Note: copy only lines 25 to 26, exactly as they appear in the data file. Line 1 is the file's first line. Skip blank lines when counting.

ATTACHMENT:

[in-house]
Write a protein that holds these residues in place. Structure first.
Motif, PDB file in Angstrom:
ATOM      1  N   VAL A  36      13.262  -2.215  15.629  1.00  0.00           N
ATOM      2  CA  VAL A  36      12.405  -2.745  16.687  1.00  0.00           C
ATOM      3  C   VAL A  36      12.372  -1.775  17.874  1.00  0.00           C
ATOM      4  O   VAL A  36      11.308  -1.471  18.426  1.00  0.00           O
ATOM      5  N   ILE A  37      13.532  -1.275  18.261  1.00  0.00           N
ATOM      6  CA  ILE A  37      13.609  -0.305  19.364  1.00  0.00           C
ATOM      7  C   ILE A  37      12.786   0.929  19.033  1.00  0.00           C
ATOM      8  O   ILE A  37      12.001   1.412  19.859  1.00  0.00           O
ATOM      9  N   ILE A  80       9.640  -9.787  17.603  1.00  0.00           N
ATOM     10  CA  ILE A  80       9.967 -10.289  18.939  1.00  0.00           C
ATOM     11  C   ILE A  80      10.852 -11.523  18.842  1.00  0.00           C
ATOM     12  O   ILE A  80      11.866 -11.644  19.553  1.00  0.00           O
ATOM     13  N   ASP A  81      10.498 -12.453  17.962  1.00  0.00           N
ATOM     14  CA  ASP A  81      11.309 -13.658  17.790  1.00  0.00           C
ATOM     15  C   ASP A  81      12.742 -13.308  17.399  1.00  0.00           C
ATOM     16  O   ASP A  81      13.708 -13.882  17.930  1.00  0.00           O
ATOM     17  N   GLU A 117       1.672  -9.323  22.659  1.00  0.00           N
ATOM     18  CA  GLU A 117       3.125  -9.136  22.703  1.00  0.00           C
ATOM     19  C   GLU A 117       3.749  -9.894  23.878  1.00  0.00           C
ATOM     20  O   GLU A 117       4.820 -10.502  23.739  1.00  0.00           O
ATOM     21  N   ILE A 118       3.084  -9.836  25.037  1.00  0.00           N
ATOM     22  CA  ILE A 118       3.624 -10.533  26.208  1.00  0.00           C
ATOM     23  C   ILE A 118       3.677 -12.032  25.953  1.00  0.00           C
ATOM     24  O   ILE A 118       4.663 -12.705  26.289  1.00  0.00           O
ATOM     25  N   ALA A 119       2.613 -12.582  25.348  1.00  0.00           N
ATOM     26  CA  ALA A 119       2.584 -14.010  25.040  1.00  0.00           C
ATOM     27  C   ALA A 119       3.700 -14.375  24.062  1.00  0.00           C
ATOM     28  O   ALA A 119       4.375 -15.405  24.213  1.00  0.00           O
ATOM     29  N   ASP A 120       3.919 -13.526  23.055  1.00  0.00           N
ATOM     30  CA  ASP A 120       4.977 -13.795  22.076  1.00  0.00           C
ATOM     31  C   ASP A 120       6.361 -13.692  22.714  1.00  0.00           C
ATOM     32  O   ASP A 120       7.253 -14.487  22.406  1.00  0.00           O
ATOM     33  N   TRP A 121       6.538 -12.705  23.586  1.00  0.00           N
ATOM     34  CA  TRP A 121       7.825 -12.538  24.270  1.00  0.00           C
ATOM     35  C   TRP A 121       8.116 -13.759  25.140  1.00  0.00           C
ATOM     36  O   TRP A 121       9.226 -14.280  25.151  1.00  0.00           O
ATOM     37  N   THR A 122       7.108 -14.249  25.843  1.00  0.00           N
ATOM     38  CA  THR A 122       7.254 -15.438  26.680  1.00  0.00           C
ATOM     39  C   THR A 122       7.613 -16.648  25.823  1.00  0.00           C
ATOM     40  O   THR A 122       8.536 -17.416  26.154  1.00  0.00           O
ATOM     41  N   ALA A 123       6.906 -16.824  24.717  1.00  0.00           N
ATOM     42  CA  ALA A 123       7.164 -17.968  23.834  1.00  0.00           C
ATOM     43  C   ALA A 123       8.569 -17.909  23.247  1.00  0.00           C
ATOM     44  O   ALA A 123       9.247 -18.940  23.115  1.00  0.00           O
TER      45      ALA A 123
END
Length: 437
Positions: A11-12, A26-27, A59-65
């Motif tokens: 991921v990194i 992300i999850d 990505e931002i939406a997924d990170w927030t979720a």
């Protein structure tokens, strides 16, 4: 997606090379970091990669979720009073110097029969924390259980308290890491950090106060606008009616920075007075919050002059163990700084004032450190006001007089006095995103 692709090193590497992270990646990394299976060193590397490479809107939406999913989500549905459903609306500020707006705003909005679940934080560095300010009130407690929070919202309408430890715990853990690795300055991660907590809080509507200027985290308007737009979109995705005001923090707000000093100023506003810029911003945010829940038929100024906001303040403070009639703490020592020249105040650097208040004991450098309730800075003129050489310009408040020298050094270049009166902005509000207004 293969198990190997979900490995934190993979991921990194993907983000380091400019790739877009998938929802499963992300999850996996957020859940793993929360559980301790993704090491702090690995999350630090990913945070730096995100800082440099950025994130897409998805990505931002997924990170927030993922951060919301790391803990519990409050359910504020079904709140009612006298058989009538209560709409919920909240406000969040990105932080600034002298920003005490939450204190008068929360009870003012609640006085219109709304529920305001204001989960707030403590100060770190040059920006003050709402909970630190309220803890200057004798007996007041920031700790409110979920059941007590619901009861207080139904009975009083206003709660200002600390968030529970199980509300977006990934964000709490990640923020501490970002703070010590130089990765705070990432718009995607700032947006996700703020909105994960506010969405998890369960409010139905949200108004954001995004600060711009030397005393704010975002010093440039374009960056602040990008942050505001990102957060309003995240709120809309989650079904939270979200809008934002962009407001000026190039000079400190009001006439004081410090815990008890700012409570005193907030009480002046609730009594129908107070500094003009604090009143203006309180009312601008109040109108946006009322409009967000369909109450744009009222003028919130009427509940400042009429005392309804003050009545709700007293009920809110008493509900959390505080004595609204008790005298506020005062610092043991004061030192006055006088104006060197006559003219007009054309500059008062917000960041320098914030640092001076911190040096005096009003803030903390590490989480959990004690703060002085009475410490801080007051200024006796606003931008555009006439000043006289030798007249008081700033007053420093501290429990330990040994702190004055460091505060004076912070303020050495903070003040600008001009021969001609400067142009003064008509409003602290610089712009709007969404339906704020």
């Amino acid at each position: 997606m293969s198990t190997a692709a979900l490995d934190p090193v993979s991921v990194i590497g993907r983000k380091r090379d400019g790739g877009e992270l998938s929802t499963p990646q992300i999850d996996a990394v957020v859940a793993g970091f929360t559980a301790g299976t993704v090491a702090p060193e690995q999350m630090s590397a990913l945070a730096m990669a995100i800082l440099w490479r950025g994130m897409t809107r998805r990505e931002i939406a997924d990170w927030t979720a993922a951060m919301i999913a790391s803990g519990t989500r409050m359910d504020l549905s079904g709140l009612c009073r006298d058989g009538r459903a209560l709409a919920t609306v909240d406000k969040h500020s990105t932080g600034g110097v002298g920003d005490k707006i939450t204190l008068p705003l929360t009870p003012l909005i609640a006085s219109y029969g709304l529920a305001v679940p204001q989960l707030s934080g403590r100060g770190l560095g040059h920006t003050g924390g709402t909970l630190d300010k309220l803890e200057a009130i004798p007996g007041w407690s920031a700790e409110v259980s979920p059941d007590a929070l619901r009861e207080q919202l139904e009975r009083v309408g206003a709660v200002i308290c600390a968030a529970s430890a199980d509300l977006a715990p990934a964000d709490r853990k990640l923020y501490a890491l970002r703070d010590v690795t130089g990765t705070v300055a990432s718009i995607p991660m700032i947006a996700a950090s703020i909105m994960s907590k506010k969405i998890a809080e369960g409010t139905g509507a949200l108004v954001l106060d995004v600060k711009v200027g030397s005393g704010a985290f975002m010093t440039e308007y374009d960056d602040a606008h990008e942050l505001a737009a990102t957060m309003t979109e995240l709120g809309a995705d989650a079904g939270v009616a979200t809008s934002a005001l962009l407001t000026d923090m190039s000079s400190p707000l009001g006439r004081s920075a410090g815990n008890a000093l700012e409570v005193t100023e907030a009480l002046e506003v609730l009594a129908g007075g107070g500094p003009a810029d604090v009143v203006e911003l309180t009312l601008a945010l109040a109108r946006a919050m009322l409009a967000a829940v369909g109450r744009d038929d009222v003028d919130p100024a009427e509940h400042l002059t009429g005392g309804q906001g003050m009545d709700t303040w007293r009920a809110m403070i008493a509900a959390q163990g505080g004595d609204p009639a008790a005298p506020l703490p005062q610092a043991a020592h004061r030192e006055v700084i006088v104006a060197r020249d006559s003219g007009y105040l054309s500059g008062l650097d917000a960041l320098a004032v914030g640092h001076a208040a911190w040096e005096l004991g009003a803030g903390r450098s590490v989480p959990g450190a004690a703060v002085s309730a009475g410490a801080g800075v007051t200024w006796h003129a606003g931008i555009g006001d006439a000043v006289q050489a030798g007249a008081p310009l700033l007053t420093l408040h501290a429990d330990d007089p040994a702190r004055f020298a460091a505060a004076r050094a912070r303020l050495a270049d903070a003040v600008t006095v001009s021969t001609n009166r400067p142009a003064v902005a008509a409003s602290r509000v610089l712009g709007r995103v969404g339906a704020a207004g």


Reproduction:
ATOM     22  CA  ILE A 118       3.624 -10.533  26.208  1.00  0.00           C
ATOM     23  C   ILE A 118       3.677 -12.032  25.953  1.00  0.00           C